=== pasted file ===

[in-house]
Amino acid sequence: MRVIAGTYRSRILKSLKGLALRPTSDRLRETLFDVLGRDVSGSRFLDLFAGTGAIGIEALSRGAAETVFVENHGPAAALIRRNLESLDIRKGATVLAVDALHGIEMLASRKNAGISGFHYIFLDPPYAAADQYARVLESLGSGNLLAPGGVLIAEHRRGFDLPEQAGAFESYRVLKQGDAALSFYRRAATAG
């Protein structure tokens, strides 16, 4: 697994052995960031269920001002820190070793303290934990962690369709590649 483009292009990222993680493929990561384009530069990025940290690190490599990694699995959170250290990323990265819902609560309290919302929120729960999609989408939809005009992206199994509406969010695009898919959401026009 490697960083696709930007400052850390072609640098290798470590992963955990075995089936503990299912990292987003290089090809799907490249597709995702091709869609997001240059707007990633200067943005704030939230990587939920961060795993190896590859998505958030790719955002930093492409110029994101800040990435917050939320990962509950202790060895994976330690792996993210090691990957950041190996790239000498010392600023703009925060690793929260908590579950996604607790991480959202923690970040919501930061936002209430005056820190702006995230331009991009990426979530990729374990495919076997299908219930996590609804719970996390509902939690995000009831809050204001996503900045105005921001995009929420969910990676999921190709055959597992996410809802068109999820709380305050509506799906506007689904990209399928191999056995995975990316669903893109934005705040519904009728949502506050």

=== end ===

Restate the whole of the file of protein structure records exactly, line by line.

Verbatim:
[in-house]
Amino acid sequence: MRVIAGTYRSRILKSLKGLALRPTSDRLRETLFDVLGRDVSGSRFLDLFAGTGAIGIEALSRGAAETVFVENHGPAAALIRRNLESLDIRKGATVLAVDALHGIEMLASRKNAGISGFHYIFLDPPYAAADQYARVLESLGSGNLLAPGGVLIAEHRRGFDLPEQAGAFESYRVLKQGDAALSFYRRAATAG
């Protein structure tokens, strides 16, 4: 697994052995960031269920001002820190070793303290934990962690369709590649 483009292009990222993680493929990561384009530069990025940290690190490599990694699995959170250290990323990265819902609560309290919302929120729960999609989408939809005009992206199994509406969010695009898919959401026009 490697960083696709930007400052850390072609640098290798470590992963955990075995089936503990299912990292987003290089090809799907490249597709995702091709869609997001240059707007990633200067943005704030939230990587939920961060795993190896590859998505958030790719955002930093492409110029994101800040990435917050939320990962509950202790060895994976330690792996993210090691990957950041190996790239000498010392600023703009925060690793929260908590579950996604607790991480959202923690970040919501930061936002209430005056820190702006995230331009991009990426979530990729374990495919076997299908219930996590609804719970996390509902939690995000009831809050204001996503900045105005921001995009929420969910990676999921190709055959597992996410809802068109999820709380305050509506799906506007689904990209399928191999056995995975990316669903893109934005705040519904009728949502506050």